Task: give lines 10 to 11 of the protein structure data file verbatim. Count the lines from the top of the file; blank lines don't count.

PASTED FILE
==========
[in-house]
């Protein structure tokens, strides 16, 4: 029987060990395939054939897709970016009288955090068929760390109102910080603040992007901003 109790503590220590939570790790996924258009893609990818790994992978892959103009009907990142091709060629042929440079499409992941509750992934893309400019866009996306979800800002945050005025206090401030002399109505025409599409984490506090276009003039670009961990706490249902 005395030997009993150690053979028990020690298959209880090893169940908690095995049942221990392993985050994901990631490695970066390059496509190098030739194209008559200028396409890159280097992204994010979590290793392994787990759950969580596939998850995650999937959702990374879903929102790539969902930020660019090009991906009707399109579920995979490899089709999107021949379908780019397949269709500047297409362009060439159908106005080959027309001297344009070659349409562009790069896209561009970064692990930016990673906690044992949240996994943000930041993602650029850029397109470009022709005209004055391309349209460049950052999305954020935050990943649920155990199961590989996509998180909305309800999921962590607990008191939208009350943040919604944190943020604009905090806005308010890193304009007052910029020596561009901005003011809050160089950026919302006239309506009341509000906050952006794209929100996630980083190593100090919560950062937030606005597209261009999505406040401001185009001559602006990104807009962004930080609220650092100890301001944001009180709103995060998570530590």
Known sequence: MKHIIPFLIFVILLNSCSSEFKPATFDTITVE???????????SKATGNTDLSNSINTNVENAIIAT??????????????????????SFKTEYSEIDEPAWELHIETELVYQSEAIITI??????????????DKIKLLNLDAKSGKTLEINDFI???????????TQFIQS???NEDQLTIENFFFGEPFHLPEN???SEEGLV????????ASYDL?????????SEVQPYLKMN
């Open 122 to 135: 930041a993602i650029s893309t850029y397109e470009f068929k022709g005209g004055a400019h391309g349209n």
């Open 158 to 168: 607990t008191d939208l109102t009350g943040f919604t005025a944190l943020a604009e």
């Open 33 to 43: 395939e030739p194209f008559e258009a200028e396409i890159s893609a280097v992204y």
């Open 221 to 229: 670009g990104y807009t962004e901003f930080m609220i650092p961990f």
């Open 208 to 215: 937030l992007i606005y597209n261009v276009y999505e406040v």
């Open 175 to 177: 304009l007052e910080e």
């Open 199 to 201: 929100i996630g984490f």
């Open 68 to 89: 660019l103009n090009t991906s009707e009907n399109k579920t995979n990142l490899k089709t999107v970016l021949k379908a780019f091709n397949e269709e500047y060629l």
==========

């Open 199 to 201: 929100i996630g984490f």
């Open 68 to 89: 660019l103009n090009t991906s009707e009907n399109k579920t995979n990142l490899k089709t999107v970016l021949k379908a780019f091709n397949e269709e500047y060629l």